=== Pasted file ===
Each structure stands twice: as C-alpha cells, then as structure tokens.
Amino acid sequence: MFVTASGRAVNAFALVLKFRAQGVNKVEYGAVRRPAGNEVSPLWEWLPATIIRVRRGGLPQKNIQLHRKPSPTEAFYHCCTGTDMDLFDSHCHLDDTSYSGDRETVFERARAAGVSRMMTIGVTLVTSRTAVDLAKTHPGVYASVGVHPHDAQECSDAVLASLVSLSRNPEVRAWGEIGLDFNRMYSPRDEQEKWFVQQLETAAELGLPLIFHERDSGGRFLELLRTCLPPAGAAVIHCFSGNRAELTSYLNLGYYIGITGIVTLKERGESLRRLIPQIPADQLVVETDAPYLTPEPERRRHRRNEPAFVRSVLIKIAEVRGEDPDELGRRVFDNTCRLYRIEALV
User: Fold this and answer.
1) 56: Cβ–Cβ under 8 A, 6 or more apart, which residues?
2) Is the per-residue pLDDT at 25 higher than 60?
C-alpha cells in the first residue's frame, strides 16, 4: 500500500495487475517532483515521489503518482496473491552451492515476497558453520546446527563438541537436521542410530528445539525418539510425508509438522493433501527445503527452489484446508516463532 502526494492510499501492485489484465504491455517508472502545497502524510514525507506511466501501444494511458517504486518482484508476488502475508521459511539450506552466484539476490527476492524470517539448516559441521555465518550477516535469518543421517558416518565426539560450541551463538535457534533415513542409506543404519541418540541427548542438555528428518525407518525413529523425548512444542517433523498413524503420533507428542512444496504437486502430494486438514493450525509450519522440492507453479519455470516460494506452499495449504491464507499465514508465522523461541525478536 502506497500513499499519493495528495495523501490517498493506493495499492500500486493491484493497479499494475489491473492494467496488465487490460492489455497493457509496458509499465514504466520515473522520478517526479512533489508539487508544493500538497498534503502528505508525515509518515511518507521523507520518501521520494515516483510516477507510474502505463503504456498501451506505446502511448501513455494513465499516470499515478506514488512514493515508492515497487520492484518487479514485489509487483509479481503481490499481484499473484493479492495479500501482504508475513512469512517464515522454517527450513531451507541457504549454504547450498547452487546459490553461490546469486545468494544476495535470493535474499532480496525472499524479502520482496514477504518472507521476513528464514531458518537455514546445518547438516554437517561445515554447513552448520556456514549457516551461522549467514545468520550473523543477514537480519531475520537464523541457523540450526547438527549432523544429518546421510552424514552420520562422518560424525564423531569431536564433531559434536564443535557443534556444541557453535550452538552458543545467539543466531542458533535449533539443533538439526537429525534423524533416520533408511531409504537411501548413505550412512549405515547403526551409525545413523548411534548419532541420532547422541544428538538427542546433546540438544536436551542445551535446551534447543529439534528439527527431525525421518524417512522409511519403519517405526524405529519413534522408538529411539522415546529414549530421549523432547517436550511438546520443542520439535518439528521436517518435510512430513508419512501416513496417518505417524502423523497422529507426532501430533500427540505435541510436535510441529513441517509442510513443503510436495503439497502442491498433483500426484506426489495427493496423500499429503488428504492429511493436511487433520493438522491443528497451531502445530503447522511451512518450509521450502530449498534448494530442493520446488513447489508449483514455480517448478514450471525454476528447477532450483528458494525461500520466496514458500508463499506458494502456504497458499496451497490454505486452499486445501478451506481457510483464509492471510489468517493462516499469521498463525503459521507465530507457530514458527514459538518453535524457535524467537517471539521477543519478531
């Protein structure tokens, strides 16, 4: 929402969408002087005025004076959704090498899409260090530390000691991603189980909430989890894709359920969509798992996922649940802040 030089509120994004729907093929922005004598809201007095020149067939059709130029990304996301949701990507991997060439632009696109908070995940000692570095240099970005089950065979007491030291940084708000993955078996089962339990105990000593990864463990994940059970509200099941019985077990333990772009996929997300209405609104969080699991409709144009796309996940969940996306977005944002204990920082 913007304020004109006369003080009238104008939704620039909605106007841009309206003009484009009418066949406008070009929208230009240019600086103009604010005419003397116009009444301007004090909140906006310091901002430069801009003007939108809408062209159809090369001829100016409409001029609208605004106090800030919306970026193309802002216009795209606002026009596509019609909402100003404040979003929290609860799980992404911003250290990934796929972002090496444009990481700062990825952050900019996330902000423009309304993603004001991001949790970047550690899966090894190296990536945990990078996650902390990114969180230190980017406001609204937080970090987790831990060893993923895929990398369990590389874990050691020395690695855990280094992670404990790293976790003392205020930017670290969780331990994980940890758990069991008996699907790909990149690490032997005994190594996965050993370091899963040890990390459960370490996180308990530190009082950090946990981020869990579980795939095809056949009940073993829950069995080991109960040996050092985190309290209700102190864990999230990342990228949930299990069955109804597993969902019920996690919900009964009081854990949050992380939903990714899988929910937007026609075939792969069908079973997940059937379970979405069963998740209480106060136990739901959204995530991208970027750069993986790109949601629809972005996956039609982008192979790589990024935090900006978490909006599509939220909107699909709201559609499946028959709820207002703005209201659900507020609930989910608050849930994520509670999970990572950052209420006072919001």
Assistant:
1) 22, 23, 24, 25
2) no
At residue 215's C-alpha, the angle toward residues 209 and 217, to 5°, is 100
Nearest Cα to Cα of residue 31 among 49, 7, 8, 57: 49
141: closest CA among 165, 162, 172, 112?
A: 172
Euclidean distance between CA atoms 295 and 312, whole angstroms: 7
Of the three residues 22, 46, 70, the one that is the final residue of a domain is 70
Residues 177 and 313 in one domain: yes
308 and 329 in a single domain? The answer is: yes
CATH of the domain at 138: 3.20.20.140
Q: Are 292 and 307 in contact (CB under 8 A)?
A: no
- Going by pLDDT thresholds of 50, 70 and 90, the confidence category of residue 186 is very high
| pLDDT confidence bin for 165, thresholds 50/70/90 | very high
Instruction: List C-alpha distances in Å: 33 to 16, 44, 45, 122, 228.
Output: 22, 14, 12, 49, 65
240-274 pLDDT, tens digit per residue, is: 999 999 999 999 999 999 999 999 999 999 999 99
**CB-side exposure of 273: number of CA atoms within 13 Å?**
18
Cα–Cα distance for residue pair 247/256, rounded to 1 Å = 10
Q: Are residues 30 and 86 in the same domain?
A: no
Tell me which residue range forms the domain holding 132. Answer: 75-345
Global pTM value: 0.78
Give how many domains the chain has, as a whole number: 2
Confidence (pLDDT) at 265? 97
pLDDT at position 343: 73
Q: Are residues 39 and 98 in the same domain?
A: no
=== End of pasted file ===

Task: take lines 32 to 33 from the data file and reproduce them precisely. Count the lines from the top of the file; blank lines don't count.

Tell me which residue range forms the domain holding 132. Answer: 75-345
Global pTM value: 0.78